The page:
JW It seems to be two extremes. One is utterly Disneyland with illustrative tableaux. And the other is very formal, hi tech, like any corporate building. Seville has both in profusion.

SM You were selected to design the Seville Expo’s main public space, Avenue 5. It’s a long way from deconstructing retail outlets to doing public spaces.

JW The only way to deconstruct an idea or a viewpoint is to start with some kind of archetype, then you invade it with different readings. If you rotate an axis and explode a grid, you’re not really deconstructing. Those are precise design decisions based in traditional formalism. It’s only through accepting the rhetorical and orthodox that one can deconstruct.

Deconstruction is more about conceptual or analytical attitude. You have to be “into” that sensibility or you can’t do it. You try to find another level of interpretation of meaning. The Allsteel showroom is the ultimate constructivist environment because it celebrates how things are made.

SM But you up-ended it.

JW Well, that inversion is how you can relate it. You take any idea, anything a client says to you, and convert it into space. Somebody says some grotesquely simple thing, but it may be the essence of truth. One thing I’ve always enjoyed in Italy, you have the highest art ever produced and still everybody can get something out of it. I always thought that was the true test of art. I really get bored looking at art as a strictly plastic experience.

SM Your firm is so unusual. You are a sculptor and you have a partner who was involved with art performances and public events. And then you have an architect. Tell me another firm that has a lineup like this. It’s a hybrid.

JW It’s also been a disadvantage in a strictly establishment sense. There was a day when an American developer would only hire a mainstream architect with official credentials.

SM FAIA after their name.

JW When I first started giving architectural lectures, I realized that nothing I said made a bit of sense to academia. It just wasn’t getting through. Now the Harvard Architectural Journal just called me for a statement. Some writer was doing an article on artists who, in their own arena or their own profession, seem to evoke hostile response: Julian Schnabel, Jeff Koons, us. Oddly enough, they seem to prevail and do quite well. But what all this suggests is that there are frames of reference for artistic input which the profession itself does not accept. You can be avant-garde as long as you play by the rules.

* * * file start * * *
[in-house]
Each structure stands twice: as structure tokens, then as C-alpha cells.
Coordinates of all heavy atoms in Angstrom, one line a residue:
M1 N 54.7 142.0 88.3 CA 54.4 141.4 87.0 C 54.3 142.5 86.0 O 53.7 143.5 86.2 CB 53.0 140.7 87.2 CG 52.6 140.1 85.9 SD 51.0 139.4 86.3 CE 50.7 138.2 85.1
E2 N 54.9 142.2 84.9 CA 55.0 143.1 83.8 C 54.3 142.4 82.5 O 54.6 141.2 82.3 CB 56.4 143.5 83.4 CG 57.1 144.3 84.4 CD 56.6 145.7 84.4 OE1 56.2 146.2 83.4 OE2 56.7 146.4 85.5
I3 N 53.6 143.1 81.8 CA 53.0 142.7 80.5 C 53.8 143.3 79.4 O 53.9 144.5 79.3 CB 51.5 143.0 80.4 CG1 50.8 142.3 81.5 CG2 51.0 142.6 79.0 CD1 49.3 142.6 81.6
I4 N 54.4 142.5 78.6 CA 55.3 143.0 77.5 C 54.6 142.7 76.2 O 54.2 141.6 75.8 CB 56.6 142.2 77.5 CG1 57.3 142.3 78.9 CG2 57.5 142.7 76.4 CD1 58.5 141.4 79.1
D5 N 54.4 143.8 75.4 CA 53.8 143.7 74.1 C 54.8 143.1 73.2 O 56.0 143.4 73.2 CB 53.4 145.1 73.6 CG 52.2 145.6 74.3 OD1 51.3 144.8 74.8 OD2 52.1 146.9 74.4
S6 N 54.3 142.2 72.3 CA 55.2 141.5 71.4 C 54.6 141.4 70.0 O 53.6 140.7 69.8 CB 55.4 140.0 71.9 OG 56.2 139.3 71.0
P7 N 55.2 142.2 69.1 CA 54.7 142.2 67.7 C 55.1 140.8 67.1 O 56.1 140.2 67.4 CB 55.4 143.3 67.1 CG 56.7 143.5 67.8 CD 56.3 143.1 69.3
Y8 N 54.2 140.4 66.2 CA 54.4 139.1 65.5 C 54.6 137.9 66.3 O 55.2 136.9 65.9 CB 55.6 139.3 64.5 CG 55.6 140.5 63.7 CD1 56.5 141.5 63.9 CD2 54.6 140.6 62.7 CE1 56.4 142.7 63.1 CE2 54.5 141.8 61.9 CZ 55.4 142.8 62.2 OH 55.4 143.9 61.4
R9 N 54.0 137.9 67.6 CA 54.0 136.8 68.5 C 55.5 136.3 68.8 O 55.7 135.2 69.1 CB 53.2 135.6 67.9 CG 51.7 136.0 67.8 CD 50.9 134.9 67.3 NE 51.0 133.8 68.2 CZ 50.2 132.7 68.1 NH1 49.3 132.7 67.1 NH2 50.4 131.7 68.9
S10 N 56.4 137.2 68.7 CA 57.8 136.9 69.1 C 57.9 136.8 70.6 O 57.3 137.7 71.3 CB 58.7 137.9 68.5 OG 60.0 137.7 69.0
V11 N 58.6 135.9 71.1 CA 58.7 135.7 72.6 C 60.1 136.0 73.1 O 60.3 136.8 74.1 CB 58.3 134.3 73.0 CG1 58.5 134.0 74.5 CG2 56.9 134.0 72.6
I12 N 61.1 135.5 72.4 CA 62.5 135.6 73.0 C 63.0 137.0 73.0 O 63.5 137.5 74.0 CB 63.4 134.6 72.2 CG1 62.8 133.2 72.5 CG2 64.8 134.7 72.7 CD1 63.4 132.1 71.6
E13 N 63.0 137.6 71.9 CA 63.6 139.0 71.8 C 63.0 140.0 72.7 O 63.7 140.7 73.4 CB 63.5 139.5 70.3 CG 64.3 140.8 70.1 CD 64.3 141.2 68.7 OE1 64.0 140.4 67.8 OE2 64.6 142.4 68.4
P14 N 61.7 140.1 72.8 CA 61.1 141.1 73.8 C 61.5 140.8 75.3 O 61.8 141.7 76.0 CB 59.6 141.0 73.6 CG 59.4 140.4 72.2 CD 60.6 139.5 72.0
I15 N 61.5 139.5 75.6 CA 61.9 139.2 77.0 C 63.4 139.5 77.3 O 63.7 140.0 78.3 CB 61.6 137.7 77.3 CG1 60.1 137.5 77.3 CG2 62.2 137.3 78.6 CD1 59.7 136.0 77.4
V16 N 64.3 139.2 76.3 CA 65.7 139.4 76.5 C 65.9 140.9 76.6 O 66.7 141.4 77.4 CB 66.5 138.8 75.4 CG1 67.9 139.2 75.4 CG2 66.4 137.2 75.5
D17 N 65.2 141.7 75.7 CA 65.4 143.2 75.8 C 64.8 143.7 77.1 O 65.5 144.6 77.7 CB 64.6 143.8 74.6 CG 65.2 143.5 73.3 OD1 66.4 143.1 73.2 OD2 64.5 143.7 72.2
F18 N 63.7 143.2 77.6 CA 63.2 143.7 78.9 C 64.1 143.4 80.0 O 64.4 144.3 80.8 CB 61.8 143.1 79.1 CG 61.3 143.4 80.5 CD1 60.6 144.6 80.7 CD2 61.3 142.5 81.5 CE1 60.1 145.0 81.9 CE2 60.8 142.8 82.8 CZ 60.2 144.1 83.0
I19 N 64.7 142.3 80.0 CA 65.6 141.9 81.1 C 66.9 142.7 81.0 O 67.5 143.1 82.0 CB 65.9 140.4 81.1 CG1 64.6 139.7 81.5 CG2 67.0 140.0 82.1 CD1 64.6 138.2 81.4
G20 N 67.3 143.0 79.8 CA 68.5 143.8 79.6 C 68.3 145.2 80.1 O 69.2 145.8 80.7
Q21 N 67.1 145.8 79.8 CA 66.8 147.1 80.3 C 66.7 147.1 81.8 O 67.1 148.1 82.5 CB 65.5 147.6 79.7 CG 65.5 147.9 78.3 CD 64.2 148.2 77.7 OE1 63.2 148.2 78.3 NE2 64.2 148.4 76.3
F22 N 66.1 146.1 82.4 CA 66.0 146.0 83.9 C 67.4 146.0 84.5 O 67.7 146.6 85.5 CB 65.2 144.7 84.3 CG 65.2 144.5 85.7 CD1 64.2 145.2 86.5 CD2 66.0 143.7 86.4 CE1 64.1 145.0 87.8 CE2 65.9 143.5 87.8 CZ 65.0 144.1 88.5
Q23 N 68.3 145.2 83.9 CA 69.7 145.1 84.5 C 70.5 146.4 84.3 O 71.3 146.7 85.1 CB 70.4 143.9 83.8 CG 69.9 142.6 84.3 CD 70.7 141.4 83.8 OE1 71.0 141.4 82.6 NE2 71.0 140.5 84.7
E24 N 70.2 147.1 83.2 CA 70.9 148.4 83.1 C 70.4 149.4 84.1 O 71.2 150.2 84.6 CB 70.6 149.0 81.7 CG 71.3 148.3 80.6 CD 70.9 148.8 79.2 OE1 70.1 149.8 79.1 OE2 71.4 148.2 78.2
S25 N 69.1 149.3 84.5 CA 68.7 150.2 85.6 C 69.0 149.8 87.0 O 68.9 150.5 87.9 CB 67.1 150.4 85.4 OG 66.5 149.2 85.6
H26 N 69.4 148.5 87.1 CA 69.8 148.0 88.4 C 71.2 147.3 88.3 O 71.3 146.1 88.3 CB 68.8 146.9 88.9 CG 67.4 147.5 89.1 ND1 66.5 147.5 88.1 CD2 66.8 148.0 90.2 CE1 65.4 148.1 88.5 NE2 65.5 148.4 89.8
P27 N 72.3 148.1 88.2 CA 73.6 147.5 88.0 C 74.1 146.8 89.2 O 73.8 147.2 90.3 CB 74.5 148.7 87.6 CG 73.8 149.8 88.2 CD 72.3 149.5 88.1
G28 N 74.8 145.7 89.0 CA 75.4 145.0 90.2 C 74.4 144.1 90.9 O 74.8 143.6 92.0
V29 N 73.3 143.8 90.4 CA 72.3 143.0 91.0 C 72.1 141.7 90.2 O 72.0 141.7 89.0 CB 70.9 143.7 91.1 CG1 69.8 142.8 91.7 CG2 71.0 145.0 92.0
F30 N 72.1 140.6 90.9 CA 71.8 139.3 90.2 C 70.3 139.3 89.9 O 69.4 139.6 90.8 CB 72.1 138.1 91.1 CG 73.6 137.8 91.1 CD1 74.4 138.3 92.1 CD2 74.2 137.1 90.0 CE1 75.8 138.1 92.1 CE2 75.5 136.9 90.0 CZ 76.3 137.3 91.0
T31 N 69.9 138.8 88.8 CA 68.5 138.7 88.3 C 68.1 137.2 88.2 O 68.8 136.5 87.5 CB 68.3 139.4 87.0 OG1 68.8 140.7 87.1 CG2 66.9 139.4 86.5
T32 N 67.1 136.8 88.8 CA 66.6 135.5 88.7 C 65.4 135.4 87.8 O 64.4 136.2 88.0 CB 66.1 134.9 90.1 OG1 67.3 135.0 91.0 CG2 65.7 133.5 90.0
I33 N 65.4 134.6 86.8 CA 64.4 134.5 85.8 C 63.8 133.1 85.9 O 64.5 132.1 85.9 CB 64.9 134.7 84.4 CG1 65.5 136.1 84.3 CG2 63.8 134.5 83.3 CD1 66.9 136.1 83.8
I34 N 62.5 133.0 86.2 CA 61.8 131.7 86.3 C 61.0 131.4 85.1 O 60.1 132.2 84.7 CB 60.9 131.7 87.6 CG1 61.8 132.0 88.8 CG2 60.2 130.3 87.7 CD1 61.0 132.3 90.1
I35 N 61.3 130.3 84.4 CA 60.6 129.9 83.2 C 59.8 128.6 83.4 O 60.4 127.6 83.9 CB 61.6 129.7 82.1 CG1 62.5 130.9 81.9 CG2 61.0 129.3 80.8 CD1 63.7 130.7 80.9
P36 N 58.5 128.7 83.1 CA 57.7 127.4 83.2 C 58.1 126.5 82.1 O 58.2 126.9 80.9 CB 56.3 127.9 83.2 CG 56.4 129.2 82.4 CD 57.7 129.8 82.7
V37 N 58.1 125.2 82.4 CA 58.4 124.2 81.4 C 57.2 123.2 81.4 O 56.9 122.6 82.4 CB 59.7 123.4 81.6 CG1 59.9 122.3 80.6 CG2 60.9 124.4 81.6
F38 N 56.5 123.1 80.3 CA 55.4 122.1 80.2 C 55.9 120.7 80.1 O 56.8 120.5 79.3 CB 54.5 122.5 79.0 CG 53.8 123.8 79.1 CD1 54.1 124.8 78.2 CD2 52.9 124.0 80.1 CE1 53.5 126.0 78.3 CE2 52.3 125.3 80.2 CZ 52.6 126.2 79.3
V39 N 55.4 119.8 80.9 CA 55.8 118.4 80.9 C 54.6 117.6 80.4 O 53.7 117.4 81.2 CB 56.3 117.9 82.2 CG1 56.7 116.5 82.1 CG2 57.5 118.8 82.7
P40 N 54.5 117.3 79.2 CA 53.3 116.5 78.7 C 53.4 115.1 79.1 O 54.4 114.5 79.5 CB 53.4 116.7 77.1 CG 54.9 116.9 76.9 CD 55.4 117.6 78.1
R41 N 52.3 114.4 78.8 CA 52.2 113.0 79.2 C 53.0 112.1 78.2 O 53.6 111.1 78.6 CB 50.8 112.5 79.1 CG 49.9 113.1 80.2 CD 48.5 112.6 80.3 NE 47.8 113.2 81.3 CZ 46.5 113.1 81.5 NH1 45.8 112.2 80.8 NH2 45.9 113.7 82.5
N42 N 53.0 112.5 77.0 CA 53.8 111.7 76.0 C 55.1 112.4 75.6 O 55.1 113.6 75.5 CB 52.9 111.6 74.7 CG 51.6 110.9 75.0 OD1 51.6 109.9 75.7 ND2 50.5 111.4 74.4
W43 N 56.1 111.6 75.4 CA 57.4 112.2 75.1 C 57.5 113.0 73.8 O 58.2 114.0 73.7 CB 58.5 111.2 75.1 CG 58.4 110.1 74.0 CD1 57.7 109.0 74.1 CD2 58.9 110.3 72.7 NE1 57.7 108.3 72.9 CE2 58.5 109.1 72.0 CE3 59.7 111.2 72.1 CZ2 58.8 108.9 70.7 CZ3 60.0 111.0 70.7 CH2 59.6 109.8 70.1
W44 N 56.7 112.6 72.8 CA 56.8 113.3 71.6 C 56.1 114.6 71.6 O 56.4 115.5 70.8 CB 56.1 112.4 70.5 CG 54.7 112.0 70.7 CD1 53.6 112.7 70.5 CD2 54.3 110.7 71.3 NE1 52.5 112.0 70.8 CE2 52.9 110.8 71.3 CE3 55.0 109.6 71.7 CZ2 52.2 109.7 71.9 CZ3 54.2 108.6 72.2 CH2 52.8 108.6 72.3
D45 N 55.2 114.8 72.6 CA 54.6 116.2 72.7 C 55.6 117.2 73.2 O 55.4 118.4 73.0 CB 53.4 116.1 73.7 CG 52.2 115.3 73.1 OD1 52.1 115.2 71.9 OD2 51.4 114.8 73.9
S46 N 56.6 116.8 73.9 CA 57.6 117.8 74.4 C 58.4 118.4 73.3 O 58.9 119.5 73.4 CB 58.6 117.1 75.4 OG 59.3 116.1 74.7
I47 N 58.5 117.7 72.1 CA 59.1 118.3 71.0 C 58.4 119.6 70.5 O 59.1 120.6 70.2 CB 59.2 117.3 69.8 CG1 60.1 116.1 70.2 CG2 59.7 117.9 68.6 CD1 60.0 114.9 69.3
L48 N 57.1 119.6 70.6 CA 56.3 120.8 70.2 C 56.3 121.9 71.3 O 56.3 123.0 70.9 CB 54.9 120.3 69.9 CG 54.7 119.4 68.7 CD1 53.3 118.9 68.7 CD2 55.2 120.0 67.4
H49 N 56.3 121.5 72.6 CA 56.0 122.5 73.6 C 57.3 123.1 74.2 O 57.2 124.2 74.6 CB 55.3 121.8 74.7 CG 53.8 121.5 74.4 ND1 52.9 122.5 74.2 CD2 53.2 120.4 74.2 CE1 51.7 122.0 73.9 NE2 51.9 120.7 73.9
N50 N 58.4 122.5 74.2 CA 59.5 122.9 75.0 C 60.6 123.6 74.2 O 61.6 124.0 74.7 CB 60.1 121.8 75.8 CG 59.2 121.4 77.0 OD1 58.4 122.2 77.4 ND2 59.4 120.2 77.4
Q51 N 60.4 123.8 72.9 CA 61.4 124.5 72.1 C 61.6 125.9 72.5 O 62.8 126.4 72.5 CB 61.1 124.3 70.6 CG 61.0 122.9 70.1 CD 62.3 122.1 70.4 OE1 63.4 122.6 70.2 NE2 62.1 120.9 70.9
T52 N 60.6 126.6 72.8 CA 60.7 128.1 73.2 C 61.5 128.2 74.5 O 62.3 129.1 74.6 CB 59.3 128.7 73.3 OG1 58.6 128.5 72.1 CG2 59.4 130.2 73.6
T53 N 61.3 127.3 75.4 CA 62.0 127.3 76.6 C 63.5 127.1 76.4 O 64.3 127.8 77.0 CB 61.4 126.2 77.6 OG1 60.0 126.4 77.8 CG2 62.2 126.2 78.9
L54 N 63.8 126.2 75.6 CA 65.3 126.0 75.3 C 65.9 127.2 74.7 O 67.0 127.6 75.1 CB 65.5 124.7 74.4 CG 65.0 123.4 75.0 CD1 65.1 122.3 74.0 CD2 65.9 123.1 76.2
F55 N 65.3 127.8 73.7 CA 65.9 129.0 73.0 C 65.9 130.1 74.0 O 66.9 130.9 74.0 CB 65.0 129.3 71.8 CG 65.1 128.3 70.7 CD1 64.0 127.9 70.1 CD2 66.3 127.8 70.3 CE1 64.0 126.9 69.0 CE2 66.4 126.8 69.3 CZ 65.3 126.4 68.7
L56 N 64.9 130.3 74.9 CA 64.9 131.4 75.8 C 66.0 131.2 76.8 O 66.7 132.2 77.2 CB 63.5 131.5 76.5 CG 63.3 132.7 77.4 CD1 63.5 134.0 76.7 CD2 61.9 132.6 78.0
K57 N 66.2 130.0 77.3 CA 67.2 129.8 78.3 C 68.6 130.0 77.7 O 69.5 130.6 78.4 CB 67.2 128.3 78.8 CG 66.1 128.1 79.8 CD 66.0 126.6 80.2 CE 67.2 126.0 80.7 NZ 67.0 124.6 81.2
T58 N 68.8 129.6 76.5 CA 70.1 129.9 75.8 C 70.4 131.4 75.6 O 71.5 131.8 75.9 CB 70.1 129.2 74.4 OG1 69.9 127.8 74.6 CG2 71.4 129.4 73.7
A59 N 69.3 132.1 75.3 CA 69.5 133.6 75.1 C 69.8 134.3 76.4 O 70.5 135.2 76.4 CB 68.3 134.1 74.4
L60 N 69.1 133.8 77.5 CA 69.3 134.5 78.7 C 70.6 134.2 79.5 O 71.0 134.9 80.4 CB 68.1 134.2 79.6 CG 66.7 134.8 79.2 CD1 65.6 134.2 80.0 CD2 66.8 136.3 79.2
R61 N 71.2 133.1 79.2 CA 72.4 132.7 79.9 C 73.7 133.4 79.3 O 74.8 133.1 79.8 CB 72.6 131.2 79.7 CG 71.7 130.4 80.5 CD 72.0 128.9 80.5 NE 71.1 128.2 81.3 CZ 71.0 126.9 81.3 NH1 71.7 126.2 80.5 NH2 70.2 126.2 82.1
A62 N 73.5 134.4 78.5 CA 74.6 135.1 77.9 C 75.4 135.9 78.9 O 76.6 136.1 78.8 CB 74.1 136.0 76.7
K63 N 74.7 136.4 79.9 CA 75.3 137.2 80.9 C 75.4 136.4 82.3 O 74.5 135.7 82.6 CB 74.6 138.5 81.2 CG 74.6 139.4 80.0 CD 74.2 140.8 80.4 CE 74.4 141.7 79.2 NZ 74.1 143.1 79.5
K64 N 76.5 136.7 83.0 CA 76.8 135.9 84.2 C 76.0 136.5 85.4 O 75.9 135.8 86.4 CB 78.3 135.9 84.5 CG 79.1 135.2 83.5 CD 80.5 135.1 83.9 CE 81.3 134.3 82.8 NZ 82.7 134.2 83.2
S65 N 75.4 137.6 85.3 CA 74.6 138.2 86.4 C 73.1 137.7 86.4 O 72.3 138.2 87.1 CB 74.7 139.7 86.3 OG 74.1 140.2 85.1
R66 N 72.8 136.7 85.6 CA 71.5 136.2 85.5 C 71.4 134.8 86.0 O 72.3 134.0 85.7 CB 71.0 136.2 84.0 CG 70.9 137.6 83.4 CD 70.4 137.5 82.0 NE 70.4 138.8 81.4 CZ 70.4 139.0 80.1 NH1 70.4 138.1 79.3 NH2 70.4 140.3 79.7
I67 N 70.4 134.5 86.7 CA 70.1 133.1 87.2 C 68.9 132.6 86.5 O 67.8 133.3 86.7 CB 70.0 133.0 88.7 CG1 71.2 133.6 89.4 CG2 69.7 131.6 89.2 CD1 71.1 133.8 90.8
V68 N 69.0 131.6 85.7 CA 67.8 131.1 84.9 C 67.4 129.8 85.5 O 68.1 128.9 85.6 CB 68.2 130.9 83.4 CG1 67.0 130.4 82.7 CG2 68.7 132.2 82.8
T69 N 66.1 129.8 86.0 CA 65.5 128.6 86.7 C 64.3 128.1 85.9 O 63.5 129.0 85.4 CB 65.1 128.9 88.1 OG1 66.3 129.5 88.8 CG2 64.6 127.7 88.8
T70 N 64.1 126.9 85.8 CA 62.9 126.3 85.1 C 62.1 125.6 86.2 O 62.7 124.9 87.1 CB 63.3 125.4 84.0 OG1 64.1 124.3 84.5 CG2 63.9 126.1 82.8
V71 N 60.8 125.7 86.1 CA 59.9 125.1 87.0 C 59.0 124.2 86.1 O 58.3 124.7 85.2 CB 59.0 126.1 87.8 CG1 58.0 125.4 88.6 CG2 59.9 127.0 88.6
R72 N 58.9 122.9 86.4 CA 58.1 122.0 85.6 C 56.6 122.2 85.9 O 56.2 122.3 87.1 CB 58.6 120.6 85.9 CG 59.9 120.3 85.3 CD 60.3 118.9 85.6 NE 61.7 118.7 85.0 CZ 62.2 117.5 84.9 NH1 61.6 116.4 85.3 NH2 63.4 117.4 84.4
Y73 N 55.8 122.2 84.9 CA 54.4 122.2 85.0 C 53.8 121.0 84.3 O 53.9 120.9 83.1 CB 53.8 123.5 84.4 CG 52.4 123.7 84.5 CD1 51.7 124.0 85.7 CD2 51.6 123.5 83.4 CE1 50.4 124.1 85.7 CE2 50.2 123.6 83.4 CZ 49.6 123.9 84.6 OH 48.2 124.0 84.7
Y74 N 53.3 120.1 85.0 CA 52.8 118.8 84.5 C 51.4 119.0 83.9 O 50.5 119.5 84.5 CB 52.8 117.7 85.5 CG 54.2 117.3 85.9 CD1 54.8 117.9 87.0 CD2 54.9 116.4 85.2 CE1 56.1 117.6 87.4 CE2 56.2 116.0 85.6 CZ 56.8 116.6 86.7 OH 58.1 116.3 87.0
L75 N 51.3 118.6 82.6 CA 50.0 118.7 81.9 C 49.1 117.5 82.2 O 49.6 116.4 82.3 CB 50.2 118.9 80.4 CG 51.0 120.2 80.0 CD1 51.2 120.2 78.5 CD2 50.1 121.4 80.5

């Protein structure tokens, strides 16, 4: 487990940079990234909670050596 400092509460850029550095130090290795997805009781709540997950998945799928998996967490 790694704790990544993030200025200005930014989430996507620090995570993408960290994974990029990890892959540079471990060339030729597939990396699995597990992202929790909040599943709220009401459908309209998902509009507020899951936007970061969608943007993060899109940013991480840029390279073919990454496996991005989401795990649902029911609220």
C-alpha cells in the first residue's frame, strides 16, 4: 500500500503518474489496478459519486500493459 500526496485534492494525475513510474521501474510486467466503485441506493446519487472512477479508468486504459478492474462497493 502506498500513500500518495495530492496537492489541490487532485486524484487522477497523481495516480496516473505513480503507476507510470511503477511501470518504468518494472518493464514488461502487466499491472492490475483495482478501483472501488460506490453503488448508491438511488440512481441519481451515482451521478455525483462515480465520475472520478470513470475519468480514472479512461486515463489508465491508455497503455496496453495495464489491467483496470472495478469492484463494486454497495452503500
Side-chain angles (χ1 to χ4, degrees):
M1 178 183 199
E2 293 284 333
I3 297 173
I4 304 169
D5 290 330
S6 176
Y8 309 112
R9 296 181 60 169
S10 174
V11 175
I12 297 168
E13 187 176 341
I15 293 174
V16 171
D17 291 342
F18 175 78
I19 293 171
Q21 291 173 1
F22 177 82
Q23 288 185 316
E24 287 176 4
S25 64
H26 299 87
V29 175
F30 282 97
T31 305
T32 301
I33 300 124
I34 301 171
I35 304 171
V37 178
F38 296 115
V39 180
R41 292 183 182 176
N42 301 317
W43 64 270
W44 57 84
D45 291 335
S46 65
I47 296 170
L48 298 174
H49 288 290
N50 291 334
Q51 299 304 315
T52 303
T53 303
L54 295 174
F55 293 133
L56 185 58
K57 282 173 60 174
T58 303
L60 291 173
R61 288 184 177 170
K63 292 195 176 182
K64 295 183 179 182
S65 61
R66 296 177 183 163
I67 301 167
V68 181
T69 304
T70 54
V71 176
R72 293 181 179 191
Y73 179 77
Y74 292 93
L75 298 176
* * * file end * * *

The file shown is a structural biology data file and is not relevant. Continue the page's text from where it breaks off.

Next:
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James Wines, Ghost Parking Lot, Hamden, CT, 1978.

SM There was the corporate patron who really got behind you.

JW I had known Sydney and Frances Lewis for years while I was selling with the Marlborough Gallery, they met me in this capacity. When I dropped out, I don’t think they knew what the hell I was doing. Nobody in the art world did.

SM You had no idea where you were going?

JW No, not really. I just knew I didn’t want to do objects of art for exhibitions any more. And the Lewises somehow understood. They could always sense things were changing.

SM You did a number of remarkable buildings for them.

JW Eight. Each was about either an architectural, environmental, or a public theme. The first one was about how buildings are built or unbuilt, or how the construction process became, in fact, the building. Then there was the mobilized building that could slide apart. In most buildings, you move. SITE invented the building that moved while you stood still. You waited for the building to open up.

SM Then you did departments of the store split through the plate glass and fixed outside.

JW That was very much about an inside and outside dialectic.

SM There was that marvelous solution for the Frankfurt Museum which didn’t get built. That triangular block, where you got flack for rotating the axis.

JW SITE put the street right through the building.

SM Brought walls into the street and brought the atrium windows to the edge of the deconstructed walls.

JW I went to see the location again in Frankfurt, a couple of years ago. It would have been so dramatic. You would have gotten a real notion of the museum opening to the street.

SM The idea of art going out to the public. There’s something innately disturbing about a temple of artifacts.

JW You wouldn’t have had to pay your admission. For whatever reason, this Frankfurt Museum was seen by the architectural profession as another affront.

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James Wines, The Frankfurt Museum of Modern Art, Frankfurt, West Germany, 1983.

I remember when we first started, I didn’t know who to go see or what to do. I decided to pack up a little kit and go to see Gordon Bunshaft, who was the chief designer for Skidmore Owings and Merrill. He said, “Wow, this is all very amusing, but of course you’ll never get any of it built.” I look at it with a certain amount of humor now, but also with a certain amount of resentment because this attitude has cost us a lot of lost projects over the years.